Tomatoes – You should refrigerate your tomatoes this week.  Our first planting was weakened by rain, so those tomatoes are not storing well. The next two plantings are stronger. We’ll let you know when you can keep your tomatoes at room temperature again.
Pepper – You’ll get a bell pepper or a frying pepper.  Some are green, some are partially red.


Visit our 2018 Recipe Log or our 2017 Recipe Log or join our Facebook discussion group.

LOCAL THYME/ Comforting Classics
Shrimp with Tomatoes and Feta
Grilled Corn
Melon Smoothie
Carrot Bran Muffins

LOCAL THYME/ Outside the Box Recipes
Moroccan Tagine with Carrot, Zucchini and Tomato
Corn Pudding with Chicken
Melon Cucumber Salad
Shrimp with Carrots, Cherry Tomatoes and Zucchini in Tikka Spice

LOCAL THYME/ Quick & Easy Meal
Hummus, Cucumber, Carrot Wraps


This is a recipe inspired by my mother: the queen of tossing a ton of vegetables into something ooey, gooey, cheesy and wonderful. My mom often sautees random combinations of vegetables into what she calls a “sandwich spread.” She keeps the bowl in her fridge and throws it on grilled sandwiches whenever she can’t think of anything else for dinner. I’ve made this other times with diced peppers, roughly chopped kale, or shredded carrots. If you have any of these on hand feel free to add them to the mix. No matter the combination of vegetables, this simple grilled sandwich satisfies. You can also add sliced ham or turkey if you want to make it a bit heavier. The pesto is totally optional, but I really love pesto on grilled cheese sandwiches so always keep a jar in my fridge. Lauren
Takes 30 minutes.
Serves 4.

2 tablespoons olive oil
1 Walla Walla onion
3-4 garlic cloves, minced
1 teaspoon Kosher salt
1/2 teaspoon freshly ground black pepper
1 bell pepper, cored and diced
2 medium zucchini, shredded (about 1-1/2 cups)
1 head broccoli, florets roughly chopped
2-3 tablespoons butter, softened
8 slices bread, preferably sourdough
1/4 cup prepared pesto, optional
4 ounces of favorite cheeses, sliced (we used a combination of smoky cheddar and havarti)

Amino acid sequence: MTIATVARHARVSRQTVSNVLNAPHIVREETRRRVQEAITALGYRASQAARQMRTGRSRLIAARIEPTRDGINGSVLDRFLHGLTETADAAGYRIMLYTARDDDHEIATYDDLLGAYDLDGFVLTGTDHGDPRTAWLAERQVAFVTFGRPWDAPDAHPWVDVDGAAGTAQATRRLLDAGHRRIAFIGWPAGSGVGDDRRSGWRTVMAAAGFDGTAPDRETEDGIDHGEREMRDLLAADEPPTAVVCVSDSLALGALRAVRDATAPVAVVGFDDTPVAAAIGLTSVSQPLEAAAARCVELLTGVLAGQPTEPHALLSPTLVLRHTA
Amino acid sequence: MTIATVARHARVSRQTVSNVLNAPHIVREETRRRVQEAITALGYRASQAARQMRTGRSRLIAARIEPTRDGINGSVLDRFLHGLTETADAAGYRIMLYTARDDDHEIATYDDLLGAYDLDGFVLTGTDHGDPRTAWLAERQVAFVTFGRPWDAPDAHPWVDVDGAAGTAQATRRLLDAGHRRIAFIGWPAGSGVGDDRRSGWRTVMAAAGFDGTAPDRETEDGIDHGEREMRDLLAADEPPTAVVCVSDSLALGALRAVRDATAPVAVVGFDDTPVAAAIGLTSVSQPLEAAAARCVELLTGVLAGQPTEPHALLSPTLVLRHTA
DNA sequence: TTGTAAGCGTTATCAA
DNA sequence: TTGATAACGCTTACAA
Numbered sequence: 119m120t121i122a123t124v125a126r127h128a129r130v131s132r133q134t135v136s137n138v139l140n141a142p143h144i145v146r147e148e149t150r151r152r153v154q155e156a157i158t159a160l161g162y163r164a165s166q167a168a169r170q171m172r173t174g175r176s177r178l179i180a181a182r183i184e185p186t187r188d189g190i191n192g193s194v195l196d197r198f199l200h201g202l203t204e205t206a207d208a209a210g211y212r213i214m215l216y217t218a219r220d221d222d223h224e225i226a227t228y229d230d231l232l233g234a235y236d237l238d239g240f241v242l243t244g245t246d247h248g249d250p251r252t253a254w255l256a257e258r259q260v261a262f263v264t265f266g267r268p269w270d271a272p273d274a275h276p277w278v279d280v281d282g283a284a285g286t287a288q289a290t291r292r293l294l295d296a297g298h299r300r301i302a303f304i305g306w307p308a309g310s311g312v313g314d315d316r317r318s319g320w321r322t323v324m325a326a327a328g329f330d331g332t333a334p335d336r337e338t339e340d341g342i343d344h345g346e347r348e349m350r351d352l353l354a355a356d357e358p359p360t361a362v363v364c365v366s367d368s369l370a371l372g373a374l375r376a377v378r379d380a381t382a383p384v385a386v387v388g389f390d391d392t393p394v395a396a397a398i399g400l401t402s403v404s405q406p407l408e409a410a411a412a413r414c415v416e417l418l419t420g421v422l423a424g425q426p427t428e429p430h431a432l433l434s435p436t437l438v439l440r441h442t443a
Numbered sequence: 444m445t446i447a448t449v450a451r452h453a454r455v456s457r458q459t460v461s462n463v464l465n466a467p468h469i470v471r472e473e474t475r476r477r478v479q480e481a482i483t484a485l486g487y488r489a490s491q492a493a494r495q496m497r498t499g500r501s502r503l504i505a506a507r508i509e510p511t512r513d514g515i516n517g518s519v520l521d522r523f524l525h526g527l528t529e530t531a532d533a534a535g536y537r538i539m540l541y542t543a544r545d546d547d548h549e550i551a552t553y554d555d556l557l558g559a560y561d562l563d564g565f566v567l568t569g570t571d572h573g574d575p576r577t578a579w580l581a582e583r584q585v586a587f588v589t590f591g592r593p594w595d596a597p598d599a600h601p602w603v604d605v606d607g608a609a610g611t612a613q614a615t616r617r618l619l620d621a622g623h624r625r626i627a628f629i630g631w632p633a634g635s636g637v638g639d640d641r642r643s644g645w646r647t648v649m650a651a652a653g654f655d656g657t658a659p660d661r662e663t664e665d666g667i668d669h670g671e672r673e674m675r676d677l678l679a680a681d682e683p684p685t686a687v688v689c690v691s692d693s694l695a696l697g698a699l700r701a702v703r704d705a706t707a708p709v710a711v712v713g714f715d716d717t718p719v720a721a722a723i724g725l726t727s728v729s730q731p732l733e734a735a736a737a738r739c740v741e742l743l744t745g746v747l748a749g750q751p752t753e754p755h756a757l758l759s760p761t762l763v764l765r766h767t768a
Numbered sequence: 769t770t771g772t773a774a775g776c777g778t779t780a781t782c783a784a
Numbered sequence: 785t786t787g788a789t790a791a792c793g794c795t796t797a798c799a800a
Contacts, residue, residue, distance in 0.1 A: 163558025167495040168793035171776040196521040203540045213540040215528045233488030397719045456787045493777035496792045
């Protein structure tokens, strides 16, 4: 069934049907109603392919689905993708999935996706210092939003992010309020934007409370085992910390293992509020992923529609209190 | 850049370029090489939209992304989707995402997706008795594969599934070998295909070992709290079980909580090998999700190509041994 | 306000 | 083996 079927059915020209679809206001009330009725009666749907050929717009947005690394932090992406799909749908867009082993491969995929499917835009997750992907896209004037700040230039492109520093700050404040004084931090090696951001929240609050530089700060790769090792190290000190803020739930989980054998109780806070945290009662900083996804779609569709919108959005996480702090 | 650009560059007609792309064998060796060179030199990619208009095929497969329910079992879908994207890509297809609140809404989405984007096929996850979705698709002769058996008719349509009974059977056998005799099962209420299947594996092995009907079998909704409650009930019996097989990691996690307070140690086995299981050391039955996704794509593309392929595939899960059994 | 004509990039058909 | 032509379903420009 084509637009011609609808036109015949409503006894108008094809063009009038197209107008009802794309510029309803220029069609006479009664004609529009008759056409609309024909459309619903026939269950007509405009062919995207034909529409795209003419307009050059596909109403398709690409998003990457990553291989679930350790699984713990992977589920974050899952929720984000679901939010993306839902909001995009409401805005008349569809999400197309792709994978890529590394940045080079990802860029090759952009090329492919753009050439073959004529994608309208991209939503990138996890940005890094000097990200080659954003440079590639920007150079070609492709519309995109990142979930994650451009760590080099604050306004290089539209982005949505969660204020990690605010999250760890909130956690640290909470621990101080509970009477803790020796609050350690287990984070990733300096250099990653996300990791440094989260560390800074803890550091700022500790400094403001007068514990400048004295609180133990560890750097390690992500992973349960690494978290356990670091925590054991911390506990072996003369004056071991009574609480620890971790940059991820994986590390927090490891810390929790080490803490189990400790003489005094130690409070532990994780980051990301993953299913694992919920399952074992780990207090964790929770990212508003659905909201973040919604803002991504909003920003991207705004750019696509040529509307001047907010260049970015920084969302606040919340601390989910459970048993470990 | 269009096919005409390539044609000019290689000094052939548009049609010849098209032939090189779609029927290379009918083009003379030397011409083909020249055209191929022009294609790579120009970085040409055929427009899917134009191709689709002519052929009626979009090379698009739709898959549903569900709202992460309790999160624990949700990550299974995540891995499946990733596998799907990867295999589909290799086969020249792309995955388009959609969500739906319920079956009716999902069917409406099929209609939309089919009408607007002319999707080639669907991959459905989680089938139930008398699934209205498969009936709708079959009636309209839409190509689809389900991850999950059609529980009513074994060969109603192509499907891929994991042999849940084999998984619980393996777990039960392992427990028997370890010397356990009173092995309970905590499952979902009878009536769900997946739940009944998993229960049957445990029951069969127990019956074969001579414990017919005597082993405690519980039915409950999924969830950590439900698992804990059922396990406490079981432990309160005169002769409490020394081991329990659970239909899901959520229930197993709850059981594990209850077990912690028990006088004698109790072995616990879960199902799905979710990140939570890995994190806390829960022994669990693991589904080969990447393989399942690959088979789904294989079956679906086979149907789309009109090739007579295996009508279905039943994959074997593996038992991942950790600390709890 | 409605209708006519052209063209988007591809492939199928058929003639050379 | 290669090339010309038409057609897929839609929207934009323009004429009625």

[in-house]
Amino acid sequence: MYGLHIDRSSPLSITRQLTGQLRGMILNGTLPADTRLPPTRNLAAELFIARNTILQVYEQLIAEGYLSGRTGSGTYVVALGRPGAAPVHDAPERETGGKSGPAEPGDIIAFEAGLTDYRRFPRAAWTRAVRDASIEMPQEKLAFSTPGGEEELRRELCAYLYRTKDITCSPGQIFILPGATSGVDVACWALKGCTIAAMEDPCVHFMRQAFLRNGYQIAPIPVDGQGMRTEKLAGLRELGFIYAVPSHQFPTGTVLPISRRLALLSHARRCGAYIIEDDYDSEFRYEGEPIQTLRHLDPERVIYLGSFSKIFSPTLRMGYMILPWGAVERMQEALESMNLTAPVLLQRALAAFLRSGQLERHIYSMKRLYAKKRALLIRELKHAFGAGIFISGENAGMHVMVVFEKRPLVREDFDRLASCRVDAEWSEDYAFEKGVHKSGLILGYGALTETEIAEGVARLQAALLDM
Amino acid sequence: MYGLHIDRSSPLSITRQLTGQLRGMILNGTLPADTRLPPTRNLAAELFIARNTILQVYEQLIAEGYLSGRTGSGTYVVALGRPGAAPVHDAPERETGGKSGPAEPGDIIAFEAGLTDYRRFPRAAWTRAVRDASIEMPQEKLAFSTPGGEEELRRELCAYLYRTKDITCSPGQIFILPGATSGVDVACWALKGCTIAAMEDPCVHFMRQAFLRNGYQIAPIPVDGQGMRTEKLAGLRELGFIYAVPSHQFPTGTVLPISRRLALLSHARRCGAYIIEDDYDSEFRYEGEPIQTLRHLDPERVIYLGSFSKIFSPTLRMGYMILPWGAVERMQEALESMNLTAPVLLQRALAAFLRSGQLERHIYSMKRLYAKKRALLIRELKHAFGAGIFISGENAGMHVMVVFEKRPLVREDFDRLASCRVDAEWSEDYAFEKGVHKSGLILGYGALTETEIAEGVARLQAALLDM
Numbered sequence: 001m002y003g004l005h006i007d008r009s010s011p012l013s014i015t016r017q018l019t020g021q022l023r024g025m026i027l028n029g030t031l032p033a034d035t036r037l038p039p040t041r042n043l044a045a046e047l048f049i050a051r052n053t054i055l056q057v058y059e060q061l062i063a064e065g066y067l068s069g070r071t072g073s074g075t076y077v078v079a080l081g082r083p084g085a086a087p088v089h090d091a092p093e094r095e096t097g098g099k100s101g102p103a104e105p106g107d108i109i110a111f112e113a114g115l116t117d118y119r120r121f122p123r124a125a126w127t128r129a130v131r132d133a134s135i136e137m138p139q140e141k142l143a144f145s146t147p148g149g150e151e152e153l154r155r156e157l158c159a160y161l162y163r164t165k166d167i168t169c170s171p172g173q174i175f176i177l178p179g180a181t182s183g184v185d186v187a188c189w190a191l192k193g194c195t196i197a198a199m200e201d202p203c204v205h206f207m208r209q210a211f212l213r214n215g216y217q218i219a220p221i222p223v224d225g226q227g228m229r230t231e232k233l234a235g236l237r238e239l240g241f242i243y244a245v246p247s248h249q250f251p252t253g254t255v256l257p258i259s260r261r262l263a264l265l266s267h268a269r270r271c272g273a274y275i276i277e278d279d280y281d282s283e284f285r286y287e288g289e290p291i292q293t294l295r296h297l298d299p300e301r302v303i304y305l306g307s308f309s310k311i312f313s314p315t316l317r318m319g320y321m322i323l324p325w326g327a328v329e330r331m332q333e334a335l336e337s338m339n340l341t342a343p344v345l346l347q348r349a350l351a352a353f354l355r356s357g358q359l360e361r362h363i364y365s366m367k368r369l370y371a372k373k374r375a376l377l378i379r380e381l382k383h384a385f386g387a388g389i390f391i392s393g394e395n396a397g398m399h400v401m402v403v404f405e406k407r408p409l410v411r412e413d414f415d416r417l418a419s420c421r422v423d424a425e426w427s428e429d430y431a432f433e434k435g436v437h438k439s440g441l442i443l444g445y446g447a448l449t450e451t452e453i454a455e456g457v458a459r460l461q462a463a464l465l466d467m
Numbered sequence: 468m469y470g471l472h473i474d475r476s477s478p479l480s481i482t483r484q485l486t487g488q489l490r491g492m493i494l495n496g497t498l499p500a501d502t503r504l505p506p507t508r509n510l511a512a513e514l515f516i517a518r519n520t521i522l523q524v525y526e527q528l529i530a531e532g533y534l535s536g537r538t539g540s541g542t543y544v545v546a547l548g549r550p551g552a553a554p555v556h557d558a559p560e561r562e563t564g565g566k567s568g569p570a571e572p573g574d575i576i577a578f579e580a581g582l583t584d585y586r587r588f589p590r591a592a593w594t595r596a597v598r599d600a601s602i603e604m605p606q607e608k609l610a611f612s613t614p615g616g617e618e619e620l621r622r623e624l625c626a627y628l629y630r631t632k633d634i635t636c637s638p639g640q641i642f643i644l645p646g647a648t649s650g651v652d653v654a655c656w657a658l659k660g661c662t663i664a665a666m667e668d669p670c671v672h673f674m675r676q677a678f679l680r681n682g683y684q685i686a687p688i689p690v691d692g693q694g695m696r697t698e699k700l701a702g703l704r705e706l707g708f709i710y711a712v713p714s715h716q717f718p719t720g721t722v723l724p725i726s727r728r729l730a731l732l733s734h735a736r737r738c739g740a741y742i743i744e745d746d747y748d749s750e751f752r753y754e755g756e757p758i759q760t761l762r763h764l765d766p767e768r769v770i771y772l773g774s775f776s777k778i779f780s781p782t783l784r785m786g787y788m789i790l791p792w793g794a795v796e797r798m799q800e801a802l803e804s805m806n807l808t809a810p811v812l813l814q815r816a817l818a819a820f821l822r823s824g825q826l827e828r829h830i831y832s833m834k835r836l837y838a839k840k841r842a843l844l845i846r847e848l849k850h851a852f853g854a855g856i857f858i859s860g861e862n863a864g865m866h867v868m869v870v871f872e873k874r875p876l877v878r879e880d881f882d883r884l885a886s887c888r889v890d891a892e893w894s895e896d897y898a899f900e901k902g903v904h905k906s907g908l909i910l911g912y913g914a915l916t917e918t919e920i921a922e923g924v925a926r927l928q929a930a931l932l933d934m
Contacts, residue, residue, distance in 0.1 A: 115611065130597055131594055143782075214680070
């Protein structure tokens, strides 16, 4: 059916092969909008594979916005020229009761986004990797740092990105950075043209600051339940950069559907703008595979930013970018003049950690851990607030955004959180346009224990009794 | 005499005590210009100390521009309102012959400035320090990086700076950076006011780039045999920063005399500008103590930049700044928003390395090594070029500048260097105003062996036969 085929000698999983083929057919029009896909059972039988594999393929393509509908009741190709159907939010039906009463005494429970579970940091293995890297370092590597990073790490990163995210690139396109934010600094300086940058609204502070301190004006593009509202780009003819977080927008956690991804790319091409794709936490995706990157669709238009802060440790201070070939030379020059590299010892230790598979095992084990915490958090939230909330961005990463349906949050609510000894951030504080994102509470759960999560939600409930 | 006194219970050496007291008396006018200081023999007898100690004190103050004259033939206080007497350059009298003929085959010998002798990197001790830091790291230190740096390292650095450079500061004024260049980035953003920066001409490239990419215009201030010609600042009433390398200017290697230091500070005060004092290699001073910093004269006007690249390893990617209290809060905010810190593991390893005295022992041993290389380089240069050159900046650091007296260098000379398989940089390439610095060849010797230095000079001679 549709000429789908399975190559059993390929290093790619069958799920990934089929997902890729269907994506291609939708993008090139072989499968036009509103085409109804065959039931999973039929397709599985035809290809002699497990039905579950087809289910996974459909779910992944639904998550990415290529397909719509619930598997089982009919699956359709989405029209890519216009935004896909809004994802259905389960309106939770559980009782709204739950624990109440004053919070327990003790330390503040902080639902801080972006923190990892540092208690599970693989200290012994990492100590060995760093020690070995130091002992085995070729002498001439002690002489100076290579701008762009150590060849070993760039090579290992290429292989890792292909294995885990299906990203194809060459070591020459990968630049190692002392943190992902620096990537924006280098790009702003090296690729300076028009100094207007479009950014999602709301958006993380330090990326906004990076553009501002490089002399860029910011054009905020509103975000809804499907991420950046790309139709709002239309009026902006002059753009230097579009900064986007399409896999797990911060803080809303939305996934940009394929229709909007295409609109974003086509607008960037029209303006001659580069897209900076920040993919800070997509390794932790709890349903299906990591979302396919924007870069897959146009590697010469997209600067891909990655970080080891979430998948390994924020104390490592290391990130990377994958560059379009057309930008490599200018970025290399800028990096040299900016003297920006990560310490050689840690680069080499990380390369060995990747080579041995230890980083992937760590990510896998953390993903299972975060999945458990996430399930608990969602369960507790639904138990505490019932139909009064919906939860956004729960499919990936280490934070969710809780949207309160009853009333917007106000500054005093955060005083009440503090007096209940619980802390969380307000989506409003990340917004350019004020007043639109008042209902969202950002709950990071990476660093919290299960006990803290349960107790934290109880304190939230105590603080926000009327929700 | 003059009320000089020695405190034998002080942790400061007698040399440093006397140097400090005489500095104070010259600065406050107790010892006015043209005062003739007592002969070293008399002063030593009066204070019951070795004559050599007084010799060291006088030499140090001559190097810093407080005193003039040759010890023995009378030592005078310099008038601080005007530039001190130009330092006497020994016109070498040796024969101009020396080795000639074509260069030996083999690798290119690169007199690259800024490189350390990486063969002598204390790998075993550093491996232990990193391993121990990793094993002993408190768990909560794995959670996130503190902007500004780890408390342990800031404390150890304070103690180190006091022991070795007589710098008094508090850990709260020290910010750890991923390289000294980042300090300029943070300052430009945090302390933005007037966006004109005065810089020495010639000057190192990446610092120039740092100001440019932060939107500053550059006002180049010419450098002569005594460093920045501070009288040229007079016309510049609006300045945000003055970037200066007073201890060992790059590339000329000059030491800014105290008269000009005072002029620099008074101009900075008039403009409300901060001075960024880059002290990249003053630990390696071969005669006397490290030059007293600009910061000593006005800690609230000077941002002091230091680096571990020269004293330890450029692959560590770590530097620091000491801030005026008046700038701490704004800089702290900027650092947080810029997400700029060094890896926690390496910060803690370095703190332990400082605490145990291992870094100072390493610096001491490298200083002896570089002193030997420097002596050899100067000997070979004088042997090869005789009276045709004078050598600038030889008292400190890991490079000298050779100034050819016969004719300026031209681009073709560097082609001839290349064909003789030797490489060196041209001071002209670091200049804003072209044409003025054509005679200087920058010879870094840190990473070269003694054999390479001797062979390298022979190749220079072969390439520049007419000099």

1-2 tomatoes, cored, trimmed and sliced

  1. Begin by cooking down your veggies. In a large, heavy skilled warm oil over medium heat. Add onion and garlic along with salt and pepper. Cook until just softened. Reduce heat to medium low and add pepper, zucchini, broccoli, and any other veggies you want! Cook for 10 minutes until broccoli is tender.
  2. While the veggies continue to cook down, get your bread toasting. Butter all eight slices of bread on one side.
  3. In another skillet or large pan, lay as many pieces of bread† (butter side down) as will fit and begin toasting over medium low heat. Cover half of the bread with cheese slices so it begins to melt. Slather the other half of the bread slices with pesto.
  4. When the veggies are fully cooked, add a few spoonfuls to each cheesy slice. Top with a few tomato slices. When the pesto slice is grilled to a nice golden brown, place on top of the tomatoes to complete the sandwich. Press down gently with a spatula.
  5. Remove completed sandwiches to a cutting board and cut sandwiches in half before serving. Repeat with remaining slices of bread and ingredients.

This time of year, super simple salads are king and this dish will taste great eaten alongside something prepared simply on the grill. A steak, some ribs, a nice piece of fish; whatever you have, just add this salad and you’ll have a great meal! Lauren
Takes 15 minutes.
Serves 4-6 as a side.

3 ears corn
1-2 tomatoes, cored and diced
1 pint cherry tomatoes, halved
1 cucumber, seeded and cubed
1/4 cup fresh basil leaves, cut into a chiffonade
3 tablespoons olive oil
2 tablespoons white wine vinegar
1/2 teaspoon Kosher salt
1/4 teaspoon freshly ground black pepper

  1. Bring a large pot of water to a boil on the stove over high heat. Once boiling, add the corn and cook for 4 minutes. Drain and rinse under cold water until cool to the touch.
  2. Remove kernels from ear with a knife and add to a large bowl. Add tomatoes, cherry tomatoes, cucumber and basil followed by oil, vinegar, salt and pepper. Taste and adjust seasonings as desired.


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Week #9, July 19/20, 2018

Another new weeding tool

Steve just bought a “weed puller” in hopes of dealing with overgrown weeds.  The wet weather from mid-May to early July got in the way of cultivating and hoeing.  The window to deal with some of these weeds is dwindling.  Here’s how the weed puller is supposed to work.  Each pair of rubber wheels rotates inward as you drive down the row, grabbing weed tops and yanking them out of the ground.  Some crops will get pulled too but that’s life.  At least, that’s the theory.  So far, we’ve had middling results.  Sometimes it pulls the weeds, sometimes it tears them.  New implements always have a learning curve.  Steve will fine-tune its use before handing it over to Raul or Roger to use.